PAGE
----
Archive for October, 2019

Oct 9 2019

Lions set to interview Neil Craig

The Brisbane Lions will interview Melbourne caretaker coach and former Adelaide coach Neil Craig for the coaching position this week.
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Craig and Hawthorn assistant Adam Simpson are understood to be among the candidates who will be spoken to in the next couple of days by the Lions, who are seeking a senior coach to replace Michael Voss.

Mark Harvey, who took over from Voss late in the season, has ruled himself out as a candidate for the Lions’ job.

Craig would be a major candidate for the Lions job in the event that the club looks for an experienced coach, with industry sources suggesting that the club will consider a younger coach working as an understudy and eventually taking over, if they decide upon an experienced coach.

Craig shapes as a major domino in Melbourne’s audacious play for Paul Roos, who is seeking to put together a ”ticket” – a coaching group that he feels he can work successfully with – for the Demons before accepting the job.

Craig is contracted to the Demons for 2014 on an estimated $400,000-plus. If the former Adelaide coach won a job at the Lions – as either senior coach or the experienced assistant in the Rodney Eade mould – the Demons would save a significant amount of money. Otherwise, they would have to consider paying him out, since it is unclear what role he would fill in the revamped football department at Melbourne.

The salary saved could be used on a prospective support team for Roos, who is expected to command a massive salary, speculated to be $1.5 million a year.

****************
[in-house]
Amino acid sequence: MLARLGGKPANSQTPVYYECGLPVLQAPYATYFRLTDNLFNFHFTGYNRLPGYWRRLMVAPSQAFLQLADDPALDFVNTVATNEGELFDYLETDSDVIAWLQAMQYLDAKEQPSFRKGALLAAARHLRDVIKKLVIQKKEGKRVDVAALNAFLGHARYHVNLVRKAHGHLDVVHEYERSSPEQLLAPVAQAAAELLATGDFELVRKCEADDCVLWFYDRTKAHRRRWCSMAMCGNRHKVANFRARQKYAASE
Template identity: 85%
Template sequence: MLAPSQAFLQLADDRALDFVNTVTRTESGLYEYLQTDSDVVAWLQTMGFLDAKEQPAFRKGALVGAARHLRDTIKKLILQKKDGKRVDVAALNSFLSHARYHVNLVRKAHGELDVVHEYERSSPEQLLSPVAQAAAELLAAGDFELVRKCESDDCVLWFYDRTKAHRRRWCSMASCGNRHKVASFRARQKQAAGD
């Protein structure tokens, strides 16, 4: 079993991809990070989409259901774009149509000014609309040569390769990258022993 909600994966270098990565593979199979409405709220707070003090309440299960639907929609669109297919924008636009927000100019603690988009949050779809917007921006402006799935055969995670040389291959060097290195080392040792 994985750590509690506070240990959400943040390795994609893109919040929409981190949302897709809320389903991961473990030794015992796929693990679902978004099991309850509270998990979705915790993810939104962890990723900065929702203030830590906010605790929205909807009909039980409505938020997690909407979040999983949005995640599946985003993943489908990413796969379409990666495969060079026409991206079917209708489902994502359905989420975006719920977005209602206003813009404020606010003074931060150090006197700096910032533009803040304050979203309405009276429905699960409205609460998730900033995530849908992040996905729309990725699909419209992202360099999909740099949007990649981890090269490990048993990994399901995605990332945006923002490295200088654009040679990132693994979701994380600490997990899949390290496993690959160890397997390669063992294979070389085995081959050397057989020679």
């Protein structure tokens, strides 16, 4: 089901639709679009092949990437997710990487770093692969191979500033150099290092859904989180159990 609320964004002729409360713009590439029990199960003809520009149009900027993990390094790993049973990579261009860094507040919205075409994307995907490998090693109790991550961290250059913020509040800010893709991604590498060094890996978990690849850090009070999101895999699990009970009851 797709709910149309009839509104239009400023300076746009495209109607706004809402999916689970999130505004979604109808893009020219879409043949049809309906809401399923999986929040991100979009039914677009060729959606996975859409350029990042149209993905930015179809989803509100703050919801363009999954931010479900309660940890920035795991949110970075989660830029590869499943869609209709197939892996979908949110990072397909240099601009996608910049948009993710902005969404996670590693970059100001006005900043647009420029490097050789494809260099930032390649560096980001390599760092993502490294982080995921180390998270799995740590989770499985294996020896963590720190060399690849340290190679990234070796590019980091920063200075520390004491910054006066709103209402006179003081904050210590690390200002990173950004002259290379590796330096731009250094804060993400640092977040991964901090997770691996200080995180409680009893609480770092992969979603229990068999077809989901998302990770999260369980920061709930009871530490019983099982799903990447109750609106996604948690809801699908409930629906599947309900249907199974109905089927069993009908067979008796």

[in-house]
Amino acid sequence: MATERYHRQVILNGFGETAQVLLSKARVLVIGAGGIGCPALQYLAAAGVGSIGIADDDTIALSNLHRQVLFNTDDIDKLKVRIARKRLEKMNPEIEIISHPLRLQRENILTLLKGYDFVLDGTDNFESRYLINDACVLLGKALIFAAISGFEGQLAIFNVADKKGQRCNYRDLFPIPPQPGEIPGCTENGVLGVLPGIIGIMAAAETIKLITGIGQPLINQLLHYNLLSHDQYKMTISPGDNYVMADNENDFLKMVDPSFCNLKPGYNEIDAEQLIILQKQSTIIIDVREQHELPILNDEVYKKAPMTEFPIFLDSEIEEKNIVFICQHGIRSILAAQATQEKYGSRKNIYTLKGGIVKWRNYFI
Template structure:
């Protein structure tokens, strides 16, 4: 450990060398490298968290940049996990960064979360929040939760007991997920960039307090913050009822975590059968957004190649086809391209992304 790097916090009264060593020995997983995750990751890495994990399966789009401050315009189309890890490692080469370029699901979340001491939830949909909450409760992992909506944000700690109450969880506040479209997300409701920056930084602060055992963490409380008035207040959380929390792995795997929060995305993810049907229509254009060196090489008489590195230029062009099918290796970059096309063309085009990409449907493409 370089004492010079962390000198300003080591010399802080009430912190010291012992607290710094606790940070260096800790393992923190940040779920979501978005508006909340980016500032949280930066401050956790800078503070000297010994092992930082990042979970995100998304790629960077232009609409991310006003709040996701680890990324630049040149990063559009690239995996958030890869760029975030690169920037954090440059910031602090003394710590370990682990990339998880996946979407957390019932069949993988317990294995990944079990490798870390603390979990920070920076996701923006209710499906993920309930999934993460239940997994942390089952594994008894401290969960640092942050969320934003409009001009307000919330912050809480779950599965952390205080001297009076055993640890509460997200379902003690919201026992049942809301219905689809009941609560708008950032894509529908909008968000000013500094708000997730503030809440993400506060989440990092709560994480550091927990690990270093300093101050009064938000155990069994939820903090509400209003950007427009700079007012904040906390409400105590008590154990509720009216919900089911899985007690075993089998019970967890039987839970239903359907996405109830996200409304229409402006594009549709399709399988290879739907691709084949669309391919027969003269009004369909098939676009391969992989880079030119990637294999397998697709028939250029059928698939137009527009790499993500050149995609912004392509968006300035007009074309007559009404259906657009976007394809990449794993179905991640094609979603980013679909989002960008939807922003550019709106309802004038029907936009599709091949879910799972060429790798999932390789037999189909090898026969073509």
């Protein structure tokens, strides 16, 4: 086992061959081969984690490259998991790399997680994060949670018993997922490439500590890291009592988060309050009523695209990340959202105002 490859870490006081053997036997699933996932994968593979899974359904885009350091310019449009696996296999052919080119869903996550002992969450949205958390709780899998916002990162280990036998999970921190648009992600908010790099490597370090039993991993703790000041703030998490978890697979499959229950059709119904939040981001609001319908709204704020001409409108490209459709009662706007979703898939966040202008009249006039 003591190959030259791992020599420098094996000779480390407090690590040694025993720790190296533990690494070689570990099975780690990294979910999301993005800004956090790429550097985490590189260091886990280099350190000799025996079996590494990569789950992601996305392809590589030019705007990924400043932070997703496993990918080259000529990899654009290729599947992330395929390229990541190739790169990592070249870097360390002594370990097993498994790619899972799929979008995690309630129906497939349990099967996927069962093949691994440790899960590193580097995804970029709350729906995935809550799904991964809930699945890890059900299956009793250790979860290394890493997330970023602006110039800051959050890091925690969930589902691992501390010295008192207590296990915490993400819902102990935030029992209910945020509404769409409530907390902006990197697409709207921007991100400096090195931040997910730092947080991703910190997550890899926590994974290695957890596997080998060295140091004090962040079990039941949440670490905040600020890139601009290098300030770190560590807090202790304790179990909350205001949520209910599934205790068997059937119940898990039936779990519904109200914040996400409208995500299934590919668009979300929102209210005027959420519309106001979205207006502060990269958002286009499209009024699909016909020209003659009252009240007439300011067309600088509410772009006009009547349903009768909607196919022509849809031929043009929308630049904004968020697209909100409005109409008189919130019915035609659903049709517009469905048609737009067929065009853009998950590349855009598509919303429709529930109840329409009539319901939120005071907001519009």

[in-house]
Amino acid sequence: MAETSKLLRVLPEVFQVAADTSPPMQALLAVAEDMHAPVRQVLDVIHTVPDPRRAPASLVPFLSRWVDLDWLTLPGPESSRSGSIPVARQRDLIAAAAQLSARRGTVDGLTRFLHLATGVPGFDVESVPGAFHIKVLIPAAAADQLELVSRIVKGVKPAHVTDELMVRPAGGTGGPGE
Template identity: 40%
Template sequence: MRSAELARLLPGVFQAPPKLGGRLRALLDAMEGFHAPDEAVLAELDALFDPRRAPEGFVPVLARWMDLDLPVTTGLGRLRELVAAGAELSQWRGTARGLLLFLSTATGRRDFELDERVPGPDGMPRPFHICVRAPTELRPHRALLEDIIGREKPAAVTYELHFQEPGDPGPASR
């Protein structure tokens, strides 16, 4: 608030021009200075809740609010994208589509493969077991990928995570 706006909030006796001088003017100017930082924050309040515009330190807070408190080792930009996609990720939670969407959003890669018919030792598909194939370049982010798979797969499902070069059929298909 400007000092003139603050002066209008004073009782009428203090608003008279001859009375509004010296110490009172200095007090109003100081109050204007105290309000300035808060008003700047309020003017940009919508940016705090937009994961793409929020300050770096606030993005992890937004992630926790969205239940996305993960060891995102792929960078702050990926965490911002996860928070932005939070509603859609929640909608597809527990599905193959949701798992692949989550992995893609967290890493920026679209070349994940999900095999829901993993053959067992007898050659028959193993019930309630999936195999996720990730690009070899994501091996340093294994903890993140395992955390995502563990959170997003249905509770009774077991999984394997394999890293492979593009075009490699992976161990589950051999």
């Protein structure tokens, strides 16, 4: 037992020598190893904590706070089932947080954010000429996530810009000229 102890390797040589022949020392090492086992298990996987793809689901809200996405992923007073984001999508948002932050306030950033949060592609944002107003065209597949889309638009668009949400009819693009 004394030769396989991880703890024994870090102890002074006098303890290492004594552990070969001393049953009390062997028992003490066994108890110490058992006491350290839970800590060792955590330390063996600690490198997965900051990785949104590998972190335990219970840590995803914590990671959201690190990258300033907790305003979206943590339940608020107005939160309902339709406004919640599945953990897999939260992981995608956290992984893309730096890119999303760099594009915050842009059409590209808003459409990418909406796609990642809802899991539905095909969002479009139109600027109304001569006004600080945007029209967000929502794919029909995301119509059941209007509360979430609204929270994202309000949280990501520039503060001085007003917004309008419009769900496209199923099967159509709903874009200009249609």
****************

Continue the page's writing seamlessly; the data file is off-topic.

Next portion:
Sydney’s Irish pioneer and premiership player Tadhg Kennelly is understood to have been sounded out as a potential development coach, while Roos’ close friend and associate George Stone, an assistant at the Swans, is out of contract and is seen as a likely member of a Roos coaching panel at Melbourne should Roos confirm his appointment over the next week. It is unclear whether Kennelly, who has been working as an international talent coordinator for the AFL, is in a position to start immediately. But John Blakey, who worked under Roos in Sydney, is considered certain to remain with the Swans in 2014. Blakey is out of contract but has indicated a preference for staying.

Another Sydney assistant, Leigh Tudor, is expected to return to Victoria at season’s end. He is likely to be joining North Melbourne, rather than the Demons, despite the Paul Roos link.

Sydney wants its assistants to continue working with the club for the duration of the club’s finals campaign – the Swans, like most clubs in contention, are seeking to ensure that their premiership prospects aren’t hurt by the loss of assistants in September.

Craig, who worked as a senior lieutenant alongside Mark Neeld before Neeld’s sacking, coached the last 11 games of Melbourne’s season, and initially lifted the Demons’ performances, as they defeated the Bulldogs in round 14 and were more competitive against Sydney and Gold Coast. But the Demons fell away thereafter, as their lack of midfield quality and depth saw the pattern of heavy defeats resume.

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Oct 9 2019

Vickerman to do things his way at Breakers

Make no mistake, the Breakers are Dean Vickerman’s ball club now, and will have his stamp on them when the NBL season rolls round in a little over a month.